My TV Show Of The Year is Breaking Bad. Obviously. (Runner up: Game of Thrones)
My Non Media Acquisition Of The Year Is my new Lenovo Yoga. It's just the best in so many ways and I absolutely love it. (Runners up: C5 Earbuds, eInk Kindle, Vibram Five Fingers)
My Book That I Read For The First Time This Year is Steve Jobs. That was a damn good biography. (Runners up: The Essential Difference: Male and Female Brains And The Truth About Autism, Halo: The Fall of Reach, Seductive Interaction Design, Killing is Harmless: A Critical Reading Of Spec Ops The Line*)
*Note: Haven't read this book yet as I intend to have played Spec Ops the Line before reading it but I want to include it as it's really interesting to see long form video game criticism & analysis pop up in book form. Doesn't feel right to sweep it under the rug because I haven't read it yet because I want to read it the right way.
So recently I decided, for good measure, to make my next 5 (assuming I do that many, having done 2 so far though here's hoping) each using items of each album exclusively. That'll give me some good practice limiting my tool set and having to work with some objects I may just ignore otherwise. I've started (barely) building the first, the Hello, Robot song and have a pretty solid (I think) design laid out as well as come up with some ideas for the other 4. So what are they going to be? No one asked me, but I want to tell anyway! Hence blog. Here goes!
Hello, Robot's will be called Hello, Pantheon and will focus on nature and spirituality in a way. Plan there is to first show nature in sync with spirituality, but slowly changing such that nature becomes less and less welcome as the bowels of the pantheon are plumbed.
Corporeal doesn't have an idea I like yet. Get back to that later I think.
Beyonder's will be called Reach Beyond and may be shorter somewhat than the others. Idea here will be you start in sight of the finish however it's out of reach. The level will be more... atmospheric until you get a craft that can reach the finish. Then the rest of the level ramps up as you retrace your steps, using routes only accessible with the UFO, collecting notes which make things a little more upbeat.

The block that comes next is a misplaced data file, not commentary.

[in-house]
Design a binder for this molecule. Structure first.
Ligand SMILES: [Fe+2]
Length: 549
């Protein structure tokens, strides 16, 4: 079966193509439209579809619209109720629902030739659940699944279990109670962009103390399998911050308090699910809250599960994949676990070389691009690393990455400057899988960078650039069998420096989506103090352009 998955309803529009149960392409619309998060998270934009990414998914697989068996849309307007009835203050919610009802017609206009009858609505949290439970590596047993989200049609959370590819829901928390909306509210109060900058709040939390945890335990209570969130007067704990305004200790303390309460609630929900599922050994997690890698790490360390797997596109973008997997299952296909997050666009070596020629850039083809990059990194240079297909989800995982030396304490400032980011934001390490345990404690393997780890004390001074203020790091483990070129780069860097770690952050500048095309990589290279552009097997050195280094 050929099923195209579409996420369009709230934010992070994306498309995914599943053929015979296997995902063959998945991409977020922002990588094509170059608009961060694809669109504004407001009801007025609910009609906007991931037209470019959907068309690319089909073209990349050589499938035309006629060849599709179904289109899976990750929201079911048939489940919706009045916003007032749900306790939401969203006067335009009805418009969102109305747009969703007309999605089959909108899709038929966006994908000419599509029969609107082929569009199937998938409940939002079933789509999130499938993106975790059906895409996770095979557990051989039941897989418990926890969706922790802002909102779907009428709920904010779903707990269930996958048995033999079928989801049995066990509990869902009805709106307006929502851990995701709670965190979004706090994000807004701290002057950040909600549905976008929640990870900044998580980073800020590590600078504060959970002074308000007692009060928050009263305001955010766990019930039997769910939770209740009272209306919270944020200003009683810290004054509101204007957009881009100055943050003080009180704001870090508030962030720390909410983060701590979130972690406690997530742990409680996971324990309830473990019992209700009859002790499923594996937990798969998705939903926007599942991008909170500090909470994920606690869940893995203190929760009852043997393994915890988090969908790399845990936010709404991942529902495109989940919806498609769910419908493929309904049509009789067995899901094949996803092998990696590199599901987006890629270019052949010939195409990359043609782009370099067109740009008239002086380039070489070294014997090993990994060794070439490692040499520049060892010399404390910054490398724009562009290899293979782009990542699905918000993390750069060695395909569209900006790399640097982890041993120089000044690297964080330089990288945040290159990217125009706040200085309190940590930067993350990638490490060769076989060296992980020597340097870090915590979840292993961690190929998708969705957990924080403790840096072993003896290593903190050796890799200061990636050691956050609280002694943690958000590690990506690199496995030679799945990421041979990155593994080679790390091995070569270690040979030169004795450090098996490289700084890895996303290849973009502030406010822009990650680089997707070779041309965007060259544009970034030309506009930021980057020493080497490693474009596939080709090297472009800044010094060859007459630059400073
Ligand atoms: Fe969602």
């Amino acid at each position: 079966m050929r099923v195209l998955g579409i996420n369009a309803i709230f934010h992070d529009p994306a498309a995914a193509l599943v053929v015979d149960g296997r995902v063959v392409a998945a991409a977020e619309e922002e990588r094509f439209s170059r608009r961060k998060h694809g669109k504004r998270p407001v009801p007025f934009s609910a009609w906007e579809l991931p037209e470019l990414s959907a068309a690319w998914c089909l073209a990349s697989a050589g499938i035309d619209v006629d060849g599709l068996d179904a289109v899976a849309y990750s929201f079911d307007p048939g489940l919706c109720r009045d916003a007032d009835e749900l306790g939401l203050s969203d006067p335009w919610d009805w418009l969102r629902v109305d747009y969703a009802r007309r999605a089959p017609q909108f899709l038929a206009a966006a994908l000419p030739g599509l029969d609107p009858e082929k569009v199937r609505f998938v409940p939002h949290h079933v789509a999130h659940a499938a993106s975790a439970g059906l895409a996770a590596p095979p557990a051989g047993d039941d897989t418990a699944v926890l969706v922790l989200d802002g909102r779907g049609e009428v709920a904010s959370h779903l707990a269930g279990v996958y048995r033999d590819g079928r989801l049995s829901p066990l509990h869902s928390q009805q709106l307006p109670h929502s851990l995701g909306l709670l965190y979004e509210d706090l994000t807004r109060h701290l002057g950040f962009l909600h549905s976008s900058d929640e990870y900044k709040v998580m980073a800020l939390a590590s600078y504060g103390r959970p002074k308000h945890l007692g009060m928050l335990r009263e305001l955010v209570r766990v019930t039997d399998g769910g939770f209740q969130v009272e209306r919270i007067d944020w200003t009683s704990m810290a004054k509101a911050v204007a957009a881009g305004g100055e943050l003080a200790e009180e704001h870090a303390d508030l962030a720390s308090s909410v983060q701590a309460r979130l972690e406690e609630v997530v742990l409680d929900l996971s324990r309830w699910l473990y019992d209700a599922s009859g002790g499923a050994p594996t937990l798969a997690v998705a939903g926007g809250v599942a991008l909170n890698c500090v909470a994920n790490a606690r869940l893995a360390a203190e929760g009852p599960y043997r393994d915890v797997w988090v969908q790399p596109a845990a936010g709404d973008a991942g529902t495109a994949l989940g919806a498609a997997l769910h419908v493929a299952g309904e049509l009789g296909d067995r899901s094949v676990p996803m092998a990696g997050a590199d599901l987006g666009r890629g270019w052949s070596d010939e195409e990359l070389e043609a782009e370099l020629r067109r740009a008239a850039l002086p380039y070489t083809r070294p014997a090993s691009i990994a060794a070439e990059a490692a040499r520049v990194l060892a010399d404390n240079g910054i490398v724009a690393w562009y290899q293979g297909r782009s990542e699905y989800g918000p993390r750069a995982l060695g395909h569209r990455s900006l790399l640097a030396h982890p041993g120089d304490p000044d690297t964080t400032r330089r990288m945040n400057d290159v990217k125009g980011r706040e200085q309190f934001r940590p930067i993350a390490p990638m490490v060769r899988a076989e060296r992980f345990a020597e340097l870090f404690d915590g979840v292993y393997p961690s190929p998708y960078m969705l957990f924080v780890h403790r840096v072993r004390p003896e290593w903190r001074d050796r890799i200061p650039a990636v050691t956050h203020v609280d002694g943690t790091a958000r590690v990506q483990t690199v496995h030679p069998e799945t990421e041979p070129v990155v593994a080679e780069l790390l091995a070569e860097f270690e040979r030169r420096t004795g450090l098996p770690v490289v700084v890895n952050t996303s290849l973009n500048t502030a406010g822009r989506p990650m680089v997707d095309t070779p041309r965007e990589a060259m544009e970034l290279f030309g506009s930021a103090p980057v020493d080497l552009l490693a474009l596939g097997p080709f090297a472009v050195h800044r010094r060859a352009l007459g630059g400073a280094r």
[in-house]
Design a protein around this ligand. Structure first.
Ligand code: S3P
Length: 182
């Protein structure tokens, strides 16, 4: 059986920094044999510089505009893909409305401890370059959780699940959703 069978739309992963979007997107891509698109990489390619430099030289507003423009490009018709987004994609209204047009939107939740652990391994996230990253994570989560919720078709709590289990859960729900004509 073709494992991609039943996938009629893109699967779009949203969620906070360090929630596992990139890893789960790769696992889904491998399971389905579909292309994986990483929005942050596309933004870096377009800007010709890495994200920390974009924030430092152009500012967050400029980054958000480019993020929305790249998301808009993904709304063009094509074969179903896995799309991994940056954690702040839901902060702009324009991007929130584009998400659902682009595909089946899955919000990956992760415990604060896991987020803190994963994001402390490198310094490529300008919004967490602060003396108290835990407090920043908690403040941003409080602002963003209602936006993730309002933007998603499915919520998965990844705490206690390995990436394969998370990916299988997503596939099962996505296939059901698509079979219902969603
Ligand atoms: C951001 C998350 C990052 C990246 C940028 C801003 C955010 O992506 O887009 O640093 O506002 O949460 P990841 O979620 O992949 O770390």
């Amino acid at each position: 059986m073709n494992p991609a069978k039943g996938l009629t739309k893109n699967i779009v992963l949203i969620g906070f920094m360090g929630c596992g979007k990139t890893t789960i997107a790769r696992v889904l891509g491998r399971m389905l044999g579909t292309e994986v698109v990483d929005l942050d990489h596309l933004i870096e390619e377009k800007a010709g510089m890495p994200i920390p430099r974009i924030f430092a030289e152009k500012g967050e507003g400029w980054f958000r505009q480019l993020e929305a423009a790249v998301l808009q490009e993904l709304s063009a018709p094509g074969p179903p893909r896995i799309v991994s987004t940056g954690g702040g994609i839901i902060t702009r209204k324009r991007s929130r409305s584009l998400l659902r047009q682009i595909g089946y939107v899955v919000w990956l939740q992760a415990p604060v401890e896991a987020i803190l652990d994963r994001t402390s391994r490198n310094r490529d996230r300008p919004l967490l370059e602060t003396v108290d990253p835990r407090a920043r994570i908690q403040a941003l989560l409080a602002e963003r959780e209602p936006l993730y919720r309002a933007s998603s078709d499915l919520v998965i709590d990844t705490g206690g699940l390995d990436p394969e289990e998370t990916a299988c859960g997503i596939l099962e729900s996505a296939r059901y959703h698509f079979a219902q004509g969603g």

D-Cade's will be something to do with Space Travel. I figure it'll start slowly, ramp up something fierce with a lot of just hopping from fast-invader to fast-invader, climbing very fast until things wind down and things are a little depressing. Ends probably with a little renewed vigor.
Got no ideas for Beck yet. Part of that is that the 3 songs and environs are pretty separate. I'm sure I'll think of something.
I'm not going to post this to forums, so no one will see it I expect unless I post a link to it when posting one of these levels (which I might do, I dunno) or they see it on the game page.
Edit: I started working on Corporeal, which I call "Confidentireal" or something to that effect. Idea is it'll be a super short level with a lot of hidden looking paths that ends abruptly but you can continue on from the ending screen by instead climbing into a vent and heading into the underbelly of the office. Issue is computers, can't really have giant computer piles, need to use other means to convey "bad business." Not sure how exactly.
On another note no one cares about my levels. Only 2 people played Hello Pantheon and it was posted on these boards. I was hoping for around the same numbers as before and a lot of the same names, the 2 people who did play it were new to me. Not Giant Bomb people I suspect. Perhaps I will finish Confidentireal regardless, but I'm not feeling like it. The only reason I would is because it seems like an awesome idea for a stage, and honestly I've abandoned so many awesome ideas in my life that's not enough of a reason to push to finish it.
Modern Day Edit: Note: Never did finish these. Have no intention to at this point. They were fun to make at the time though and every time I want to play to play Sound Shapes its because I want to look at my own creations. They have a special place in my heart.